Join the IBIA 2020 Working Group to make sense of the upcoming 0.50% sulphur regulation

Join the IBIA 2020 Working Group to make sense of the upcoming 0.50% sulphur regulation

What do we know, and which unknowns do we have to prepare to deal with when facing the transition from a 3.50% to 0.50% global marine fuel sulphur limit? IBIA has been at the forefront of bringing these issues to the attention of the IMO, and in keeping the industry informed about how the IMO intends to support implementation of this monumental regulatory change. IBIA wants you, our members, to be actively engaged with this process to ensure we meet your needs.

There’s a lot of talk and predictions about how the various stakeholders will deal with the 2020 regulation. Many expect major challenges and difficulties, some are optimistic and even bullish, but the overwhelming feeling is that most stakeholders are sitting on the fence and adopting a ‘wait and see’ approach until they are forced to make a decision. Inevitably there is some confusion about various claims and a lot of questions.

How can we help?

IBIA has decided to set up a 2020 Working Group where we will pool resources to feed content into an online “IBIA 2020 Portal”. The aim is to answer pertinent questions to provide our members with relevant information and updates provided by the industry’s leading experts.

To provide some structure to this effort, we intend to divide the 2020 Working Group into several work streams to address various aspects. IBIA members and other stakeholders will be welcome to participate in one or more of these work streams in accordance with their areas of expertise. Each work stream will have a coordinator providing a focal point for discussion and review of material.

We propose the following work streams for the IBIA 2020 Working Group:

Supply & demand
This will look at market preparedness for providing low sulphur fuels, in terms of known refinery capacity/projects and supply infrastructure such as storage. Where may there be shortcomings? We also need to look at demand projections/expectations, including the extent to which shipowners will use MGO, VLSFO and HSFO with scrubbers, and where these products will be required. Supply & demand for LNG or other alternative fuels may be covered here or in a separate work stream on alternative fuels

Technology solutions
This will examine technology solutions such as exhaust gas cleaning systems (EGCS or scrubbers) and also fuel desulphurising technologies offered either for use on ships or at shoreside facilities prior to delivery. Areas to assess could include cost (capex & opex) and technical considerations such as installation, operation and system reliability.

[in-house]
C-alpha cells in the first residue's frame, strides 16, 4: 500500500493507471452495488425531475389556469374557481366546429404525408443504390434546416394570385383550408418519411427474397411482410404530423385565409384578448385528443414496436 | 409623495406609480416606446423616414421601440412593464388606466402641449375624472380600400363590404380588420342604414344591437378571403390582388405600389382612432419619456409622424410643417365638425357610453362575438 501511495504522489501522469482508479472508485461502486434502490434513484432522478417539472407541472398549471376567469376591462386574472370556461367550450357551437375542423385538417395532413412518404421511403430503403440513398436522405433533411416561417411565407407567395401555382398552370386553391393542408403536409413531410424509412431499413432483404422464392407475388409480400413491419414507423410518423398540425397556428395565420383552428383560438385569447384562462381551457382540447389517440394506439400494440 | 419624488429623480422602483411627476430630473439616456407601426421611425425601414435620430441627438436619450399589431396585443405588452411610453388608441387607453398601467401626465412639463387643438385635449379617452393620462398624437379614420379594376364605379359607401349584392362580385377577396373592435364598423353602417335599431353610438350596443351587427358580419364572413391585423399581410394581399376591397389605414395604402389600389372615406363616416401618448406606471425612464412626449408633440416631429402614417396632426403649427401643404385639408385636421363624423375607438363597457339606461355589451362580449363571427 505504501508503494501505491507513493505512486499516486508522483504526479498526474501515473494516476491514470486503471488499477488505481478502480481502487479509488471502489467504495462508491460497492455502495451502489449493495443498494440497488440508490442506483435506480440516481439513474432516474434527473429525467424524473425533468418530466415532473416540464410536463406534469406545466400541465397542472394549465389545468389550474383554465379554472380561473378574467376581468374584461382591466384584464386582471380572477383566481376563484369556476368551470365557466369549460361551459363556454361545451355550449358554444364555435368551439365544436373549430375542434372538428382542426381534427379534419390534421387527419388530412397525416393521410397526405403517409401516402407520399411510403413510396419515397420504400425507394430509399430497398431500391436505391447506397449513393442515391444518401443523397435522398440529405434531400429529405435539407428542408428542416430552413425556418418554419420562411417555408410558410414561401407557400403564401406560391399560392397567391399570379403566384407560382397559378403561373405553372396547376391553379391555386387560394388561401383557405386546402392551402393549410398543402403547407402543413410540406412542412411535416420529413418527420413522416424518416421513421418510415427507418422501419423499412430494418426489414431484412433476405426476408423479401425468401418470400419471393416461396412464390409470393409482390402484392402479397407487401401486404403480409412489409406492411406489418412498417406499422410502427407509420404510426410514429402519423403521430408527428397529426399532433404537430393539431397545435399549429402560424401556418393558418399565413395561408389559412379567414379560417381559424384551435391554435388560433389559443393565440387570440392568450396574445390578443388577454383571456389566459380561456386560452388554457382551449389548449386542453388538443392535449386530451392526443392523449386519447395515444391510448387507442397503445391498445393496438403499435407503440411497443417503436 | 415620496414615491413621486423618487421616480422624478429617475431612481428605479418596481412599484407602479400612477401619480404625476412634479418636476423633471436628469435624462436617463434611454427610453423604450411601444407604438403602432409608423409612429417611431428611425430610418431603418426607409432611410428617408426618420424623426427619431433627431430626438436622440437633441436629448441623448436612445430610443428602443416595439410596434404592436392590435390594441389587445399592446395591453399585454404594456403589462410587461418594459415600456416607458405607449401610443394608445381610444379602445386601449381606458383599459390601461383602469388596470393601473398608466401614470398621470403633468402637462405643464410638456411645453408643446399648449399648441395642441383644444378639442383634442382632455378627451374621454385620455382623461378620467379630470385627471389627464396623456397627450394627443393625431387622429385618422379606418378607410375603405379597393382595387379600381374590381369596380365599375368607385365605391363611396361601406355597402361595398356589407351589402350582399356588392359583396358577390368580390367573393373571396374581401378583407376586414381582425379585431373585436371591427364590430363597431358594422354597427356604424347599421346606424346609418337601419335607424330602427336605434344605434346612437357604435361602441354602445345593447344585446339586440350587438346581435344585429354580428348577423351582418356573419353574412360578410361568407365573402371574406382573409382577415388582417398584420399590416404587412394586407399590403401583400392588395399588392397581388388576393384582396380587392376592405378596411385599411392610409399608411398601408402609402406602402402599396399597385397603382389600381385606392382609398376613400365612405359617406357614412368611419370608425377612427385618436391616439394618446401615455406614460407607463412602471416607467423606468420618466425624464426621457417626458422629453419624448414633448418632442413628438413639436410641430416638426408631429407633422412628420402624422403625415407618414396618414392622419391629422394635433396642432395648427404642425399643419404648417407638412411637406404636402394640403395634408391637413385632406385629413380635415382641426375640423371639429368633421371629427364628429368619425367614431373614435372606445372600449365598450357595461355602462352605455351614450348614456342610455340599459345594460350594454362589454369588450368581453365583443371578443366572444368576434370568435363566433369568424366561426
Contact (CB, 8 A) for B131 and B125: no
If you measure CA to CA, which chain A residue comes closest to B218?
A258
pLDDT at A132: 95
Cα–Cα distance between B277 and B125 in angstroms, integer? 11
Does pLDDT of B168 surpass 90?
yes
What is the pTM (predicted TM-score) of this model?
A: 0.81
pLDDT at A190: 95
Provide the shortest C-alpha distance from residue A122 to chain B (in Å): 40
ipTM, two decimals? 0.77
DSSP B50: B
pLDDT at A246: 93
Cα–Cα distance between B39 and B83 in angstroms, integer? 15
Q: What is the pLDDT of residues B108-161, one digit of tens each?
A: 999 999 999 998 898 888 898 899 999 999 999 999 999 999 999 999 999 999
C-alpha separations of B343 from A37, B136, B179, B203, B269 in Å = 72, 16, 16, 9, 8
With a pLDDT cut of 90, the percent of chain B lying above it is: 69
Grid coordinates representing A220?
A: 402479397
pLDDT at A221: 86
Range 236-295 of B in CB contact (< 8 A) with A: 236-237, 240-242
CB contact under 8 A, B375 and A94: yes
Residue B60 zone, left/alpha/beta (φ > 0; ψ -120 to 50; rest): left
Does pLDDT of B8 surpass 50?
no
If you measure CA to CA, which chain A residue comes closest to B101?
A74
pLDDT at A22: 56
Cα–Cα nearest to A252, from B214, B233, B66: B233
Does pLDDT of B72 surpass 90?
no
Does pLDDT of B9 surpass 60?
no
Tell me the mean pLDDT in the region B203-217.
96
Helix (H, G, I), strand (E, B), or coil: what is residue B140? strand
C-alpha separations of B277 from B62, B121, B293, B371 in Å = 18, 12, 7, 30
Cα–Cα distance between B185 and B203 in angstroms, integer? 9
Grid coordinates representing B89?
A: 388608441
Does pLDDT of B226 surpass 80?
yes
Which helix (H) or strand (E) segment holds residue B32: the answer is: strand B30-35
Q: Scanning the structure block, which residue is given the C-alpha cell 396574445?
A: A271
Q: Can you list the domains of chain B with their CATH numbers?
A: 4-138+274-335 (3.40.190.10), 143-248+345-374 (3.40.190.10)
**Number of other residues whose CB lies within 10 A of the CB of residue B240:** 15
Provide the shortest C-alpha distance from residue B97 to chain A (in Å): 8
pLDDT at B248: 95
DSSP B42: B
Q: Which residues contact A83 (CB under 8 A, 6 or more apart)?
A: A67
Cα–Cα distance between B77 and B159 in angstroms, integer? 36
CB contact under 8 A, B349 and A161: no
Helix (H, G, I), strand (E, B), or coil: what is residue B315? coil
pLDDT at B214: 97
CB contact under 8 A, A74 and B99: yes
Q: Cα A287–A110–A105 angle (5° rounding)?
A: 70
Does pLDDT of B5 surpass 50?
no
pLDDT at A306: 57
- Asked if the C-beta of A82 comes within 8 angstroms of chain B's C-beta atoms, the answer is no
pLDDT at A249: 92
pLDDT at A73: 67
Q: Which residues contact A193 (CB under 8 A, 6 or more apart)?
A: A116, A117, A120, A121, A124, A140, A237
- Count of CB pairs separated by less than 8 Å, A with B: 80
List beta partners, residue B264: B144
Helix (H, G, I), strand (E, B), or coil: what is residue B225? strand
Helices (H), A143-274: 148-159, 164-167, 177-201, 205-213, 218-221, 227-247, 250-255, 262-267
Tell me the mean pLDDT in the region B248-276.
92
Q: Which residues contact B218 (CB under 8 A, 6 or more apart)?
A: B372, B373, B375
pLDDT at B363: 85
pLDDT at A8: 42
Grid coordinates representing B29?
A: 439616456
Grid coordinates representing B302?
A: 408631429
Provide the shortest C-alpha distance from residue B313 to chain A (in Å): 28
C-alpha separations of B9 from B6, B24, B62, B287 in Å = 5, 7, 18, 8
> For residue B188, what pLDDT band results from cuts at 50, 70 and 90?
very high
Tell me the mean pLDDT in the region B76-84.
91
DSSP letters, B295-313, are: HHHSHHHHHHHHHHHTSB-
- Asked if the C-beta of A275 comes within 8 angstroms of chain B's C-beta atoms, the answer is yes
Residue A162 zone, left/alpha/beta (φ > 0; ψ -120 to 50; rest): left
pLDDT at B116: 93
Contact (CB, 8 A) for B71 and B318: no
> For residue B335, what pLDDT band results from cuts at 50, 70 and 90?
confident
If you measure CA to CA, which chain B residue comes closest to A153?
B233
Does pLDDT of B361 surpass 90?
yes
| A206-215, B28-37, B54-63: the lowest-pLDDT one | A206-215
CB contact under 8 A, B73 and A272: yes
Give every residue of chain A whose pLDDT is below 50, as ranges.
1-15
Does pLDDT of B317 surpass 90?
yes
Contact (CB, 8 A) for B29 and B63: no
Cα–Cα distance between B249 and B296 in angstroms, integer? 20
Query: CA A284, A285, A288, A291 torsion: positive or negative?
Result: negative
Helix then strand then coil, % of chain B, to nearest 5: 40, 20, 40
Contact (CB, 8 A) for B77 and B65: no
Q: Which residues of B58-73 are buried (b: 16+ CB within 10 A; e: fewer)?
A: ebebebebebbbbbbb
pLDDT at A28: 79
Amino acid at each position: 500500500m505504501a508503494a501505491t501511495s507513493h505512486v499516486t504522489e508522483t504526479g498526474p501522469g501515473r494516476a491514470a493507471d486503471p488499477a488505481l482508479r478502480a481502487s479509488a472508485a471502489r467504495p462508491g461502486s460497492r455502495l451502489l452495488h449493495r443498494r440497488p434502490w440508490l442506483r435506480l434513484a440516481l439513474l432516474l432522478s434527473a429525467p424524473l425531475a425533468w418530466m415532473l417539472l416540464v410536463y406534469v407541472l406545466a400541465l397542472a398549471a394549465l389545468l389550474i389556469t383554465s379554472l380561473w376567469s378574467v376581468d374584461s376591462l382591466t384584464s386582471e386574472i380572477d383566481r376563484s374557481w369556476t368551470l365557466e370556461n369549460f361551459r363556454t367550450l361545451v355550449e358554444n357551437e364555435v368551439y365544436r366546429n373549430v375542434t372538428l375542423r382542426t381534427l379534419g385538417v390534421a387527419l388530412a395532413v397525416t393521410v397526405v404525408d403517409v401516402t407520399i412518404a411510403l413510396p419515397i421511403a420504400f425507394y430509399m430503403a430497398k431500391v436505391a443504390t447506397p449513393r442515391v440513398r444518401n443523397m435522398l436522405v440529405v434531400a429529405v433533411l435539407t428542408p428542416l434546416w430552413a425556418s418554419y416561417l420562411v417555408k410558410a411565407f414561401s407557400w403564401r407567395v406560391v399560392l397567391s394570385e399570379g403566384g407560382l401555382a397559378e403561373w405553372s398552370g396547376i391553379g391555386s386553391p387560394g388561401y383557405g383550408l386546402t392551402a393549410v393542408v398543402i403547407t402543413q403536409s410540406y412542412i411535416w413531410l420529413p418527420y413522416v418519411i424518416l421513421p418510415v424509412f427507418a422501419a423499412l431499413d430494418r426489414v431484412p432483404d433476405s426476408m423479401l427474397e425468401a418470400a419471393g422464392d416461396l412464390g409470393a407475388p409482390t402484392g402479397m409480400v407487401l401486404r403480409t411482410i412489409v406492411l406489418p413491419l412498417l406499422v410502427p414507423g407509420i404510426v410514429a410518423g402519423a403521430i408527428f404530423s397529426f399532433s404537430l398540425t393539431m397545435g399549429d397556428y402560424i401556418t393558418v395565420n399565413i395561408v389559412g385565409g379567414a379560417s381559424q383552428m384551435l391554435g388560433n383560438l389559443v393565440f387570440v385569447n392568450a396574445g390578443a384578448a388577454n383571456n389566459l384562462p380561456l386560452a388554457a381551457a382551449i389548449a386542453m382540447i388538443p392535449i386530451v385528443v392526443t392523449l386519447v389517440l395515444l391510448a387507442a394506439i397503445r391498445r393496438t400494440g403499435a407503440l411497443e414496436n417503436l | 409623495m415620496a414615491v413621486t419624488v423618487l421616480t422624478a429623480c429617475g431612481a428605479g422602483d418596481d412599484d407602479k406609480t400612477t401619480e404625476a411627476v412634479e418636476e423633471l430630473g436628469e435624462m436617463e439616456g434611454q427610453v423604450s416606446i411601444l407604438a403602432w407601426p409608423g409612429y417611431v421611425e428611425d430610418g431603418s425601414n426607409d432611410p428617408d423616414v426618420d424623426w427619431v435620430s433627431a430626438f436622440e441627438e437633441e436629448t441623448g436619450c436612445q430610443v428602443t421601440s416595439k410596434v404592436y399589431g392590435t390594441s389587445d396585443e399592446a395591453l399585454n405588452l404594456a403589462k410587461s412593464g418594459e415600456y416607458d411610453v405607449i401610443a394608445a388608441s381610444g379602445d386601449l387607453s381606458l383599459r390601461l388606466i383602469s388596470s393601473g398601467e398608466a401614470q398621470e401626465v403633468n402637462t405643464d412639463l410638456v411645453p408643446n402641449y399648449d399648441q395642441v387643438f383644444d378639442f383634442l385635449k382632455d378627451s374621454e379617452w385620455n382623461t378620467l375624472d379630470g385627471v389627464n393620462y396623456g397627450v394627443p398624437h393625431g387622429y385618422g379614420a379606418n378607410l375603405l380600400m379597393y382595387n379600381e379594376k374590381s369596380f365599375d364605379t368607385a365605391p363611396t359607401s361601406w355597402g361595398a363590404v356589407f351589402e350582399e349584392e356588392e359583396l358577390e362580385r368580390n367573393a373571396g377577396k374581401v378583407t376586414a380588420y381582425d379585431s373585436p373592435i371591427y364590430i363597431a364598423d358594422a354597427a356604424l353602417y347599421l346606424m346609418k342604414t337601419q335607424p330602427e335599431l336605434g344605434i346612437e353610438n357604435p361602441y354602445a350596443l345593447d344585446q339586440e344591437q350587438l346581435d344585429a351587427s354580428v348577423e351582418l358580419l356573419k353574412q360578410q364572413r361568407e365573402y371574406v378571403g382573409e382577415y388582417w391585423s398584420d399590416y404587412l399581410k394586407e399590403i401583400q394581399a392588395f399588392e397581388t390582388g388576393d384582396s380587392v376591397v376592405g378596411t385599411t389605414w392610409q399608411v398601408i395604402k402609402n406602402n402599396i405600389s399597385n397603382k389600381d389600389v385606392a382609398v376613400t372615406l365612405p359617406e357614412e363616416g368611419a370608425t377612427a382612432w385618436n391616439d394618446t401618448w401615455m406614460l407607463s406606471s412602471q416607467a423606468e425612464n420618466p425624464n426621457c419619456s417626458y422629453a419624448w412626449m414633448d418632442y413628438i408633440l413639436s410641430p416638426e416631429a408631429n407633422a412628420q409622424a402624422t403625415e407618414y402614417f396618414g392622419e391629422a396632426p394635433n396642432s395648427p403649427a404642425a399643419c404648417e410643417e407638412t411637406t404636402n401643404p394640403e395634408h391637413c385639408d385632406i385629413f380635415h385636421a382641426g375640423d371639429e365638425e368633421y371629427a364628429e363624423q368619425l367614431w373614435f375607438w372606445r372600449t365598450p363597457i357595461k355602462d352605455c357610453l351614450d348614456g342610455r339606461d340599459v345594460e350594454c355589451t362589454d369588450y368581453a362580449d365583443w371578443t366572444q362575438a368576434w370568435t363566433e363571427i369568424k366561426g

Alternative fuels
This will look at the development of LNG, methanol, LPG and biofuels as alternatives to traditional oil-based bunker fuels. Areas to assess could include supply options coming on stream, demand (user readiness to adopt), cost and technical considerations.

Technical issues with low sulphur oil-based fuels
This will look at both the issues around supply and storage of fuels meeting the 0.50% sulphur limit as well as fuels meeting a 0.10% sulphur limit, and ship operational issues relating to the quality and compatibility of these fuels.  What are the technical implications for suppliers and operators and what are the best ways of dealing with them?

Regulatory framework & enforcement
This will provide an overview of the IMO regulatory framework and keep tabs on how it is developing as the IMO works on effective implementation, while at the same time IMO is updating guidelines for EGCS. IMO regulations are open to differing interpretations and enforcement actions, which makes the picture complex. This work stream will also look at enforcement issues, both in terms of existing and anticipated practices and problems. This work stream could also examine whether IBIA could make practical and fair proposals to the IMO on ways to support the implementation of the 0.50% sulphur limit across the globe.


The above outline of work streams may change depending on feedback and participants, and the output will depend on input from participants as well as efforts by work stream coordinators to distil and organise information into a useful format.

One of the considerations IBIA will take into account is whether participants are happy to discuss issues openly in group e-mails and/or teleconferences or if they prefer to provide responses in confidence only to a designated coordinator.

To help get us started on this initiative, we ask that you get in touch with Unni Einemo on putting “2020 Working Group” in the subject field.


Unni Einemo speaking about the 2020 sulphur cap at a London forum earlier this year
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